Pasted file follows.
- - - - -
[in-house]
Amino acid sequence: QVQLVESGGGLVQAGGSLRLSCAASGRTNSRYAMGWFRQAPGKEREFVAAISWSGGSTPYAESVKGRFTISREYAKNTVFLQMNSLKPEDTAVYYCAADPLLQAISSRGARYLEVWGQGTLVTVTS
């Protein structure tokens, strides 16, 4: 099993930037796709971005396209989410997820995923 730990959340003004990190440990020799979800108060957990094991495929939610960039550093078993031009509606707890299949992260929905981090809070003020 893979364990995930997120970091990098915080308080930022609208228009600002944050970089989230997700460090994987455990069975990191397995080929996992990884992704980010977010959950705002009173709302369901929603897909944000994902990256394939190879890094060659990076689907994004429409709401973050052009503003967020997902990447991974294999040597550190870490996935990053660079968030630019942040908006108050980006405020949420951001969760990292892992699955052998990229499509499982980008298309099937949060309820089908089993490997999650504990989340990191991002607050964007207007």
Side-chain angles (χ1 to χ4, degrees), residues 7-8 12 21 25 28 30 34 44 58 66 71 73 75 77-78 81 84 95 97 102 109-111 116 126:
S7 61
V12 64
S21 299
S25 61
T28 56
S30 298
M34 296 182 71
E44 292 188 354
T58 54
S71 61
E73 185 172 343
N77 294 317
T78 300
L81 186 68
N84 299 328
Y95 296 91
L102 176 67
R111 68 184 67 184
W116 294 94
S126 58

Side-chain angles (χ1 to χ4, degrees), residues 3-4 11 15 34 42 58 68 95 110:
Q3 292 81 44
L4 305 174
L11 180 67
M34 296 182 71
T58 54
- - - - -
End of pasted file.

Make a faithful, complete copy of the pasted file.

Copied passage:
[in-house]
Amino acid sequence: QVQLVESGGGLVQAGGSLRLSCAASGRTNSRYAMGWFRQAPGKEREFVAAISWSGGSTPYAESVKGRFTISREYAKNTVFLQMNSLKPEDTAVYYCAADPLLQAISSRGARYLEVWGQGTLVTVTS
């Protein structure tokens, strides 16, 4: 099993930037796709971005396209989410997820995923 730990959340003004990190440990020799979800108060957990094991495929939610960039550093078993031009509606707890299949992260929905981090809070003020 893979364990995930997120970091990098915080308080930022609208228009600002944050970089989230997700460090994987455990069975990191397995080929996992990884992704980010977010959950705002009173709302369901929603897909944000994902990256394939190879890094060659990076689907994004429409709401973050052009503003967020997902990447991974294999040597550190870490996935990053660079968030630019942040908006108050980006405020949420951001969760990292892992699955052998990229499509499982980008298309099937949060309820089908089993490997999650504990989340990191991002607050964007207007």
Side-chain angles (χ1 to χ4, degrees), residues 7-8 12 21 25 28 30 34 44 58 66 71 73 75 77-78 81 84 95 97 102 109-111 116 126:
S7 61
V12 64
S21 299
S25 61
T28 56
S30 298
M34 296 182 71
E44 292 188 354
T58 54
S71 61
E73 185 172 343
N77 294 317
T78 300
L81 186 68
N84 299 328
Y95 296 91
L102 176 67
R111 68 184 67 184
W116 294 94
S126 58

Side-chain angles (χ1 to χ4, degrees), residues 3-4 11 15 34 42 58 68 95 110:
Q3 292 81 44
L4 305 174
L11 180 67
M34 296 182 71
T58 54